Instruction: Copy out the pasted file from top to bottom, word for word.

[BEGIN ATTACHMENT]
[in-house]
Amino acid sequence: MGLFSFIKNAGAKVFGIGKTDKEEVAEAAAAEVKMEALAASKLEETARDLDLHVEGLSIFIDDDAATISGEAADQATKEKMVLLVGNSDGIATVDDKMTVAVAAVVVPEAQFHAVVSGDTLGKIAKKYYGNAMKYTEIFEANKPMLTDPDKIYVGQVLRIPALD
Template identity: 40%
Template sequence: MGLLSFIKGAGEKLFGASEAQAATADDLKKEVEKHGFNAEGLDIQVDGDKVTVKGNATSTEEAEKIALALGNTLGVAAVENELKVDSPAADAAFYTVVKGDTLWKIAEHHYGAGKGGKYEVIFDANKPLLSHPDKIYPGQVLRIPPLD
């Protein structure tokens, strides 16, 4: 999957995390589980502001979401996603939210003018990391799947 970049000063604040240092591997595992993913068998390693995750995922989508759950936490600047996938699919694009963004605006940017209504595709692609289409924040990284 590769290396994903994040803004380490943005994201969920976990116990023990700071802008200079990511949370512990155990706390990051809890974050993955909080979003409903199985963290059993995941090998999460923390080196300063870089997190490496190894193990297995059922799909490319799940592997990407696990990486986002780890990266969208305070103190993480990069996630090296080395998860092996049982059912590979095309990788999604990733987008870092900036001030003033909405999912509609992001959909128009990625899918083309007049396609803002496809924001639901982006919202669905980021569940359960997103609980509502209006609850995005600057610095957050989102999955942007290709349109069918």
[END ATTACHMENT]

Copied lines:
[in-house]
Amino acid sequence: MGLFSFIKNAGAKVFGIGKTDKEEVAEAAAAEVKMEALAASKLEETARDLDLHVEGLSIFIDDDAATISGEAADQATKEKMVLLVGNSDGIATVDDKMTVAVAAVVVPEAQFHAVVSGDTLGKIAKKYYGNAMKYTEIFEANKPMLTDPDKIYVGQVLRIPALD
Template identity: 40%
Template sequence: MGLLSFIKGAGEKLFGASEAQAATADDLKKEVEKHGFNAEGLDIQVDGDKVTVKGNATSTEEAEKIALALGNTLGVAAVENELKVDSPAADAAFYTVVKGDTLWKIAEHHYGAGKGGKYEVIFDANKPLLSHPDKIYPGQVLRIPPLD
């Protein structure tokens, strides 16, 4: 999957995390589980502001979401996603939210003018990391799947 970049000063604040240092591997595992993913068998390693995750995922989508759950936490600047996938699919694009963004605006940017209504595709692609289409924040990284 590769290396994903994040803004380490943005994201969920976990116990023990700071802008200079990511949370512990155990706390990051809890974050993955909080979003409903199985963290059993995941090998999460923390080196300063870089997190490496190894193990297995059922799909490319799940592997990407696990990486986002780890990266969208305070103190993480990069996630090296080395998860092996049982059912590979095309990788999604990733987008870092900036001030003033909405999912509609992001959909128009990625899918083309007049396609803002496809924001639901982006919202669905980021569940359960997103609980509502209006609850995005600057610095957050989102999955942007290709349109069918």